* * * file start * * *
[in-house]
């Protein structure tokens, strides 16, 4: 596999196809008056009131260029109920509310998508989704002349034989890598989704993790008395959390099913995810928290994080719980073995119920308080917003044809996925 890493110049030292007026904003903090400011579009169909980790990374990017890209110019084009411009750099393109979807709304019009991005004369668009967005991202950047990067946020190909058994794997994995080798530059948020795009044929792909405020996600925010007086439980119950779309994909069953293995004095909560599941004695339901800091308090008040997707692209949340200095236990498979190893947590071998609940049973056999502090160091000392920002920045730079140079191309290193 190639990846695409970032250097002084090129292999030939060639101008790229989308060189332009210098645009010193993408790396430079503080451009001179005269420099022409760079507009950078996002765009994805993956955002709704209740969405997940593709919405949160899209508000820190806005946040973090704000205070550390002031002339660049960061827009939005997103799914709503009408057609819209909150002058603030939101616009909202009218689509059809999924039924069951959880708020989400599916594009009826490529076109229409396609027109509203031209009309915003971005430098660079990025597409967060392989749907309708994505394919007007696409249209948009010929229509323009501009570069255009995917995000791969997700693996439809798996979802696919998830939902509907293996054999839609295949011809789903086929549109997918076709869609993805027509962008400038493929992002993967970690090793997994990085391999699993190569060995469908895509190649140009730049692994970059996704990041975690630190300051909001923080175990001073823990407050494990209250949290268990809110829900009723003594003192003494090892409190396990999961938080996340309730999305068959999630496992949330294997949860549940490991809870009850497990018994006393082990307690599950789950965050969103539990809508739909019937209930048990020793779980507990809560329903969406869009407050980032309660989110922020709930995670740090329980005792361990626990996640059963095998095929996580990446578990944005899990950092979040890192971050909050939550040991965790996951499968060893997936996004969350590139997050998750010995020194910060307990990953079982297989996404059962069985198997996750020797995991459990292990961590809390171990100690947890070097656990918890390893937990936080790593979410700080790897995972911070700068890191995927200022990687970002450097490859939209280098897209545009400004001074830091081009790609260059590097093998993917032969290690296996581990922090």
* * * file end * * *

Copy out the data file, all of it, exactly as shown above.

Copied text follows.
[in-house]
């Protein structure tokens, strides 16, 4: 596999196809008056009131260029109920509310998508989704002349034989890598989704993790008395959390099913995810928290994080719980073995119920308080917003044809996925 890493110049030292007026904003903090400011579009169909980790990374990017890209110019084009411009750099393109979807709304019009991005004369668009967005991202950047990067946020190909058994794997994995080798530059948020795009044929792909405020996600925010007086439980119950779309994909069953293995004095909560599941004695339901800091308090008040997707692209949340200095236990498979190893947590071998609940049973056999502090160091000392920002920045730079140079191309290193 190639990846695409970032250097002084090129292999030939060639101008790229989308060189332009210098645009010193993408790396430079503080451009001179005269420099022409760079507009950078996002765009994805993956955002709704209740969405997940593709919405949160899209508000820190806005946040973090704000205070550390002031002339660049960061827009939005997103799914709503009408057609819209909150002058603030939101616009909202009218689509059809999924039924069951959880708020989400599916594009009826490529076109229409396609027109509203031209009309915003971005430098660079990025597409967060392989749907309708994505394919007007696409249209948009010929229509323009501009570069255009995917995000791969997700693996439809798996979802696919998830939902509907293996054999839609295949011809789903086929549109997918076709869609993805027509962008400038493929992002993967970690090793997994990085391999699993190569060995469908895509190649140009730049692994970059996704990041975690630190300051909001923080175990001073823990407050494990209250949290268990809110829900009723003594003192003494090892409190396990999961938080996340309730999305068959999630496992949330294997949860549940490991809870009850497990018994006393082990307690599950789950965050969103539990809508739909019937209930048990020793779980507990809560329903969406869009407050980032309660989110922020709930995670740090329980005792361990626990996640059963095998095929996580990446578990944005899990950092979040890192971050909050939550040991965790996951499968060893997936996004969350590139997050998750010995020194910060307990990953079982297989996404059962069985198997996750020797995991459990292990961590809390171990100690947890070097656990918890390893937990936080790593979410700080790897995972911070700068890191995927200022990687970002450097490859939209280098897209545009400004001074830091081009790609260059590097093998993917032969290690296996581990922090």